Plea to Theresa May by Salvation Army chief to ‘keep hearts and borders open’ after Brexit
- Credit: Archant
A warning shot has been fired by the Salvation Army’s world leader on a visit London’s deprived East End about closing doors on people when the Prime Minister triggers Article 50 next week to quit the EU.
General André Cox, the Salvationist organisation’s international Head, urged Theresa May not to close Britain’s borders.
His warning comes in an exclusive East London Advertiser interview tomorrow on the 150th anniversary to mark the founding at Poplar of the oldest surviving Salvation Army branch.
“I fear that Brexit will make us more insular,” he tells the paper.
“My message as head of the Salvation Army to Theresa May is that Brexit can be an opportunity for Britain.
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“But if we close our borders and our hearts to the world, that is not what will make Britain great again.”
He was speaking at Saturday’s Salvation Army parade through Chrisp Street Market to mark the No 1 Corp set up in 1867 to help the East End’s poor who were excluded from Victorian society.
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“It’s important for any government that we don’t become insular,” General Cox added.
“That might be a concern with political movements today, whether it’s our vote on Brexit, what goes on in Europe and what’s going on in America.
“We’ve got to be careful not to close our hearts to the world.”
The anniversary weekend in Poplar came ahead of the PM’s announcement on Monday that Article 50 would be triggered on March 29.
General Cox fears quitting the Single Market would affect immigration and the 1.5 million EU citizens already living in this country.
“Human rights have to be respected,” he insists. “People need to have a secure future, not living in uncertainty and being uprooted.”
There was a need for a Salvation Army in the 21st century, with the rise in poverty, homelessness and social exclusion.
“Our world is as it’s ever been with greed,” he observes. “The rich are getting richer and the poor are getting poorer. We have three-million children in the UK going to school each day without a proper meal—it’s a blight on society. You still see this reality here in the East End.”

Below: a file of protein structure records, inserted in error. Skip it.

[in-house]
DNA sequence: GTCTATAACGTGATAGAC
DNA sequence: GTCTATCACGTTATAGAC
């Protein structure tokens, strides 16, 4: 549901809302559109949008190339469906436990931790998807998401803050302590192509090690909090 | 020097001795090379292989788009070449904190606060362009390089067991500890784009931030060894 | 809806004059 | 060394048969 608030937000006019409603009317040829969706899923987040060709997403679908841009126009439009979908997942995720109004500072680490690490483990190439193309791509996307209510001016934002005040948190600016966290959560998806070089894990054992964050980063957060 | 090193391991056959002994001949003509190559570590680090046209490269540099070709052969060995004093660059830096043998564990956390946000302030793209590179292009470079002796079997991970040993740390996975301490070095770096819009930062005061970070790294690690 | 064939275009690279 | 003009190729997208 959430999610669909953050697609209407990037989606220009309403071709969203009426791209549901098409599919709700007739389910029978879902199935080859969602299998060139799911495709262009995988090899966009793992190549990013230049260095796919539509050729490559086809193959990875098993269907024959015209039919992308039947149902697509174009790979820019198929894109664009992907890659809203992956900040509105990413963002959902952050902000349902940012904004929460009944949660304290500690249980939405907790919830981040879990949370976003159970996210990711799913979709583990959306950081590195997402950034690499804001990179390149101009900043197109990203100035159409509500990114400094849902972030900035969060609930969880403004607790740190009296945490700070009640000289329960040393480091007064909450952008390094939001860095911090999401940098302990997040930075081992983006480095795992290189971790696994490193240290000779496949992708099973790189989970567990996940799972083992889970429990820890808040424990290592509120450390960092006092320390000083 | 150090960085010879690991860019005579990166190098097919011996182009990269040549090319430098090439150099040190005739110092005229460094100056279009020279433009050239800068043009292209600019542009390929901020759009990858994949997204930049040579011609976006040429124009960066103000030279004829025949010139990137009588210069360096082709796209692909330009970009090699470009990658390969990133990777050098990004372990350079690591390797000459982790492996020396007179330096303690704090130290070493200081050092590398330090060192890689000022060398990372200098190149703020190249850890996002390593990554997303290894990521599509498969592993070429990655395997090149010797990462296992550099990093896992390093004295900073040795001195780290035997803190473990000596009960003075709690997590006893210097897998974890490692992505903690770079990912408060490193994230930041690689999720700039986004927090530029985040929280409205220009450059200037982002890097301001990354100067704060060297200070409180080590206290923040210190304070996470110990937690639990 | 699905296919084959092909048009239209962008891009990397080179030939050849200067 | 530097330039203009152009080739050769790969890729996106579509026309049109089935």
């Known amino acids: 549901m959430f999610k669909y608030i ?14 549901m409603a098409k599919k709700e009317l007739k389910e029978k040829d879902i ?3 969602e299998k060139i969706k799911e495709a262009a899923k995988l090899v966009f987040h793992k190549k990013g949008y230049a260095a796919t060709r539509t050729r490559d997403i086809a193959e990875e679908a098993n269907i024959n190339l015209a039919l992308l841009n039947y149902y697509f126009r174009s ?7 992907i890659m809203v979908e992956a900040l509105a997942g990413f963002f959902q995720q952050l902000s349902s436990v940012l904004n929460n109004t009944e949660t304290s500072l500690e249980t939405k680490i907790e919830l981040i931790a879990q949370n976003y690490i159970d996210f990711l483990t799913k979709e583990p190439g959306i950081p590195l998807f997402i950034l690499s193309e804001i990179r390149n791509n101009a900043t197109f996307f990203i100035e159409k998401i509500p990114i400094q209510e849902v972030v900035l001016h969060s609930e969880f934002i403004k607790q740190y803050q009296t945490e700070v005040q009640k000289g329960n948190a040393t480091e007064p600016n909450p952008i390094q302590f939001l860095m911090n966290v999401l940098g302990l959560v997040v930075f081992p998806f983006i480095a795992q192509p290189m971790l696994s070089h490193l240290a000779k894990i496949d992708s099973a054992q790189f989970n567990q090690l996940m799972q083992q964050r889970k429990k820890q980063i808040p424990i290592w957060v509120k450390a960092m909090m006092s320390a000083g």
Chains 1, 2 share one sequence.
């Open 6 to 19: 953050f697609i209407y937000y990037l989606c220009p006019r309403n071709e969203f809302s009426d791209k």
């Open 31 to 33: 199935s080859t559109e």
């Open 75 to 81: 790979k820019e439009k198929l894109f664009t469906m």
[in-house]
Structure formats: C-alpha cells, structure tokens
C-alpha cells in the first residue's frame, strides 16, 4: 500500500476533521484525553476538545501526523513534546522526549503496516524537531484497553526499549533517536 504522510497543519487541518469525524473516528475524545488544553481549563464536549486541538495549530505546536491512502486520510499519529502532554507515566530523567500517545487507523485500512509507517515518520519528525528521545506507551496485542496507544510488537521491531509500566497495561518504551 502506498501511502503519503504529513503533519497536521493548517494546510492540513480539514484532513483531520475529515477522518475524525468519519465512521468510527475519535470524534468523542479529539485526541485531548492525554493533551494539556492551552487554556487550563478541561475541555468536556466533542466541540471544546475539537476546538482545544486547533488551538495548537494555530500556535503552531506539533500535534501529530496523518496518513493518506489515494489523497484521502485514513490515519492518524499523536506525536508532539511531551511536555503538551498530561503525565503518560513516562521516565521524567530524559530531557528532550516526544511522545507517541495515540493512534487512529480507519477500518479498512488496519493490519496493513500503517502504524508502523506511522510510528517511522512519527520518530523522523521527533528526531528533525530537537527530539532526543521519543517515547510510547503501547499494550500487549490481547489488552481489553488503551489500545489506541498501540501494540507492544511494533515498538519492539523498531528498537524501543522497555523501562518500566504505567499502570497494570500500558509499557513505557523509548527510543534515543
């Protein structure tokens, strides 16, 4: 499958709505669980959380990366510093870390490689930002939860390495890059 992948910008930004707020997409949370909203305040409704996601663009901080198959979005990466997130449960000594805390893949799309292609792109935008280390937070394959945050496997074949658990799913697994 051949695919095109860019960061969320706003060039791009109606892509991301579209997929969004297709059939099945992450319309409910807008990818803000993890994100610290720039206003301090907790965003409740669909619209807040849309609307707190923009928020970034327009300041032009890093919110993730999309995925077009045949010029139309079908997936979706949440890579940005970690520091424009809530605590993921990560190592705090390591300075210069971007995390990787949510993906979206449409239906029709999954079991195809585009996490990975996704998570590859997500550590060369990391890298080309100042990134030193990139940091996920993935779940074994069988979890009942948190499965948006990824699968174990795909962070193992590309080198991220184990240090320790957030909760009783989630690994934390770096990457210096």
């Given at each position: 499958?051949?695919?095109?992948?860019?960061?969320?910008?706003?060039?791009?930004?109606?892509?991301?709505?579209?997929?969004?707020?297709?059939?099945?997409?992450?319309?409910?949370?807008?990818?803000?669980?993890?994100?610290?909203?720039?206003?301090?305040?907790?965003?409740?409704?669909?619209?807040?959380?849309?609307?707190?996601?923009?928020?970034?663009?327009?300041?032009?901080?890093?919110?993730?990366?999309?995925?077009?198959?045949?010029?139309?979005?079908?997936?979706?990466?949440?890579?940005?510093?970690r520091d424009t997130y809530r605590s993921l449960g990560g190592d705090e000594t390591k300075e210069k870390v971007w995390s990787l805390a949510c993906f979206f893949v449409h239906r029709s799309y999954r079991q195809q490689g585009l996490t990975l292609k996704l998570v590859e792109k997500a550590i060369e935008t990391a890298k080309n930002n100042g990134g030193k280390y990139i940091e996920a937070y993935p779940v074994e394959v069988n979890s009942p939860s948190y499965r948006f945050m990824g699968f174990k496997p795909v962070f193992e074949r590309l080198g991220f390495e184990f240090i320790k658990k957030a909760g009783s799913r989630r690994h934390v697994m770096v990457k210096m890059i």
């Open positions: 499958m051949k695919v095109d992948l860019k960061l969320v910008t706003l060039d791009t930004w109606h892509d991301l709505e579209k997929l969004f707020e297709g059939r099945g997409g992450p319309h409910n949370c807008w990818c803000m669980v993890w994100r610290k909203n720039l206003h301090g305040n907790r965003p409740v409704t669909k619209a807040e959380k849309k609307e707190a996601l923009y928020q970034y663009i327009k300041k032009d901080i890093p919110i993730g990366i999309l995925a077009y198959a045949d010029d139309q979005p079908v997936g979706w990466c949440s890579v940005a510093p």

General Cox is calling for a partnership of the government with the Salvationist organisation, the churches and business to solve social exclusion and poverty “rather than building walls”, he urged.
The world’s oldest branch of the Salvation Army is still struggling in Poplar today, within walking distance of the affluent Canary Wharf business district, to deal with the same poverty and homelessness that it started with in 1867.
The Poplar Corps is run by Major David Brown, with programmes including a food bank, homeless shelter and charity clothing shop. He tells tomorrow’s Advertiser: “The Salvation Army did what the Government of the day wasn’t doing.
“We raised the profile of homelessness, the slums, poverty and deprivation and fed poor families—that was 150 years ago.
“Today we have the food bank every Friday doing the same, as well as a night shelter for 15 homeless people and also provide clothing for families in need.
“There is still a need for homeless shelters in London, a need against poverty and landlords putting up rents.
“We seem to be back in the 1800s—it’s a shame on society.”
Saturday’s parade led by the mass Salvation Army Band and Community Gospel choir marched past the market’s famous clock-tower built for the 1951 Festival of Britain and headed to the Calvary Charismatic Baptist Church and the Lighthouse Trinity Hall church.
The Salvation Army was born on the streets of Whitechapel in 1865, when William Booth began his first open air evangelistic campaign preaching in a tent in Vallance Road, tackling an East End rife with crime, debauchery, prostitution and drunkenness.
There was opposition from tavern keepers and a ‘skeleton army’ emerged determined to cause trouble on the streets for the Salvationists, led by Charles Jeffries, the son of an out-of-work docker.
But eventually the salvationists won over Jeffries and his ‘skeletons’ who joined their ranks. Jeffries went on to become a leading figure in the Salvationist world movement. He died in 1936.